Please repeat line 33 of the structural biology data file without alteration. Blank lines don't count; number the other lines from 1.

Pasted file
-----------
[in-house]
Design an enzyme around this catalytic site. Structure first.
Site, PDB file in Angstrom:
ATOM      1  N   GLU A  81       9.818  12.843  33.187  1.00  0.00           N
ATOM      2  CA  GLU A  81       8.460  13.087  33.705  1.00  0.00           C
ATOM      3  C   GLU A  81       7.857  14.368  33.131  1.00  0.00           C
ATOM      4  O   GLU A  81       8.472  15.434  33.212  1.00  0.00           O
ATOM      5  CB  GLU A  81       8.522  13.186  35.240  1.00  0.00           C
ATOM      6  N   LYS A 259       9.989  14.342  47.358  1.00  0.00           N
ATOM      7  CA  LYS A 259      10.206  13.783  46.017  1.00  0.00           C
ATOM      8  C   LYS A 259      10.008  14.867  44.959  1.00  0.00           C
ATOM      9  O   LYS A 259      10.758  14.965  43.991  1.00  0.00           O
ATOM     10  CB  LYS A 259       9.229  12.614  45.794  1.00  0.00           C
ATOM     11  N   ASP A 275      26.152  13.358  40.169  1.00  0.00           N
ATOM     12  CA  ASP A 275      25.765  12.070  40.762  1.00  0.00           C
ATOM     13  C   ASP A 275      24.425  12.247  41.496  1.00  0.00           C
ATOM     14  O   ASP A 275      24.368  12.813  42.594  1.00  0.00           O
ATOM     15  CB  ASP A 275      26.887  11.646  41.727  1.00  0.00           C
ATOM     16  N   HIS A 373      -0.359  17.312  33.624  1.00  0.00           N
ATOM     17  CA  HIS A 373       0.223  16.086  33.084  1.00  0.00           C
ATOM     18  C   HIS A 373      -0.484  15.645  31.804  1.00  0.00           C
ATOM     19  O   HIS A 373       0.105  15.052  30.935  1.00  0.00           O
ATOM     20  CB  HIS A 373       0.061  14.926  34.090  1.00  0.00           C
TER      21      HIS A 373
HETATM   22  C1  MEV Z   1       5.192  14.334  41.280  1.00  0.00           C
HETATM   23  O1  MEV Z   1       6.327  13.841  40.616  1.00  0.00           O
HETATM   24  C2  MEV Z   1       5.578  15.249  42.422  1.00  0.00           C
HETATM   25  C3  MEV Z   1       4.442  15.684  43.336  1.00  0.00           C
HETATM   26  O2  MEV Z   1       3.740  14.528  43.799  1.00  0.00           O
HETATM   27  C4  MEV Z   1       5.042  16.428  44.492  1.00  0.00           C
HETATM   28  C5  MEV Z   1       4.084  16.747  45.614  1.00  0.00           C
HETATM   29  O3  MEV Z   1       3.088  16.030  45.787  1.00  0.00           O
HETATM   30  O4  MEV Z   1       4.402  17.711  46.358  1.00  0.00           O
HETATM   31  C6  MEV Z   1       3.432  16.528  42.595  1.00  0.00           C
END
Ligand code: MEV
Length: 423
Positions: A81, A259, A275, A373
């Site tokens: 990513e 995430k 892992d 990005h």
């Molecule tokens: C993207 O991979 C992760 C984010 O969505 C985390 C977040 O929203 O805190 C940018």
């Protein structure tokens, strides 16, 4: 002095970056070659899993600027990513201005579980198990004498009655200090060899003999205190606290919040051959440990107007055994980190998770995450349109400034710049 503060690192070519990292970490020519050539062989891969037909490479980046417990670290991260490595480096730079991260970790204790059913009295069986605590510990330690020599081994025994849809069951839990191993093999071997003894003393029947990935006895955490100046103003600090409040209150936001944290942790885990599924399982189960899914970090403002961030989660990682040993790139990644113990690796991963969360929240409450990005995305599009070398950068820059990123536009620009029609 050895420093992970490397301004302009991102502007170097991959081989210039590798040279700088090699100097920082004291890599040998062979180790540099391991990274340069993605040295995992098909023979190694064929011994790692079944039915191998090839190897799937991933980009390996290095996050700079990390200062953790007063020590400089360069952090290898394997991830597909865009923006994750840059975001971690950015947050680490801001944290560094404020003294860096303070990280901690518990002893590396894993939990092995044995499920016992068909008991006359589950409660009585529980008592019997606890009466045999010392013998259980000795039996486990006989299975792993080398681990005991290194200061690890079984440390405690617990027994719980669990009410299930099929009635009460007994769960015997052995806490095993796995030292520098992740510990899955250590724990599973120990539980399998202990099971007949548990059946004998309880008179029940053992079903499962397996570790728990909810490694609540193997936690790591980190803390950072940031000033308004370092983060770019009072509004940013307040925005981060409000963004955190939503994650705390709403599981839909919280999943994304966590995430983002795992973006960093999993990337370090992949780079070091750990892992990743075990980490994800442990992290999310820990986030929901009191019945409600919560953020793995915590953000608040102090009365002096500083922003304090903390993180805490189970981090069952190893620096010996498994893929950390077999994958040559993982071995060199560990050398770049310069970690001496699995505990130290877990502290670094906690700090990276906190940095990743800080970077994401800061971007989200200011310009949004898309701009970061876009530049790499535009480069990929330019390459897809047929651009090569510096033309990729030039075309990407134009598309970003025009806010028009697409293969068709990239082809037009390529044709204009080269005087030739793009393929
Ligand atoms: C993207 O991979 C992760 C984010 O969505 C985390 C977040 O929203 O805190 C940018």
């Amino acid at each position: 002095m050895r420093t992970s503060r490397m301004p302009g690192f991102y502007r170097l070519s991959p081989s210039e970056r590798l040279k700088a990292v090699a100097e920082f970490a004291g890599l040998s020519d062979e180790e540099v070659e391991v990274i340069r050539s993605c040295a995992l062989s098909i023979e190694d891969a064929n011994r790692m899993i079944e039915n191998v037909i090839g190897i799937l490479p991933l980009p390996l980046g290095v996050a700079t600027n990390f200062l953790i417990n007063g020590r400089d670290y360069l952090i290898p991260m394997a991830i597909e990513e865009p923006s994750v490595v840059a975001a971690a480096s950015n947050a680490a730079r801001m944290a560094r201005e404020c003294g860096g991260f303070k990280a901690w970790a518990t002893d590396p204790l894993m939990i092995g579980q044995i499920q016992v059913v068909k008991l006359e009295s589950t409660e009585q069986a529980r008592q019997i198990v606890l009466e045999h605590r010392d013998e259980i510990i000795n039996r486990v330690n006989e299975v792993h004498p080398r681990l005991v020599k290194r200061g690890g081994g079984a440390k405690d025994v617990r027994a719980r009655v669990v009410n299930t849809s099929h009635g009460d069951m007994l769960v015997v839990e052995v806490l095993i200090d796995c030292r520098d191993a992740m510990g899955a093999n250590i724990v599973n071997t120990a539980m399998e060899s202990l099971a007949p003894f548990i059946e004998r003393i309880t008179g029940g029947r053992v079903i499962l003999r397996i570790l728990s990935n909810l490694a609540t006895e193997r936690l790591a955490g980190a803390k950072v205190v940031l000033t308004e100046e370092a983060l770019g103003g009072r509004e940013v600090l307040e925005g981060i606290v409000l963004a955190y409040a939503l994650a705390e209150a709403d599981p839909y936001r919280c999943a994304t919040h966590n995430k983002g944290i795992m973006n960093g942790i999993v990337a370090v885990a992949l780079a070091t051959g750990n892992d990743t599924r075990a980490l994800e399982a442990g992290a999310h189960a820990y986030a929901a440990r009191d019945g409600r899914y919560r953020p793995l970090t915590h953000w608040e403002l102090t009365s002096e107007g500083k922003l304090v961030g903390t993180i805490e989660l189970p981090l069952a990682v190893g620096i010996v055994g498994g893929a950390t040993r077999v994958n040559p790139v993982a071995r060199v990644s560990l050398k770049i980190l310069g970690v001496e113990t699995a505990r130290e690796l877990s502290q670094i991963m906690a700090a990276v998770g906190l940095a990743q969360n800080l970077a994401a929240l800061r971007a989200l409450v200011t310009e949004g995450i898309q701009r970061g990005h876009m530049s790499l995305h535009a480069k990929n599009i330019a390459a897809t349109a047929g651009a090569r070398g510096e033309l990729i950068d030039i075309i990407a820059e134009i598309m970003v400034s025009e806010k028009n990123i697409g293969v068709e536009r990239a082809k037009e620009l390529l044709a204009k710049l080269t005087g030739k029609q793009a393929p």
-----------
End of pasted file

HETATM   30  O4  MEV Z   1       4.402  17.711  46.358  1.00  0.00           O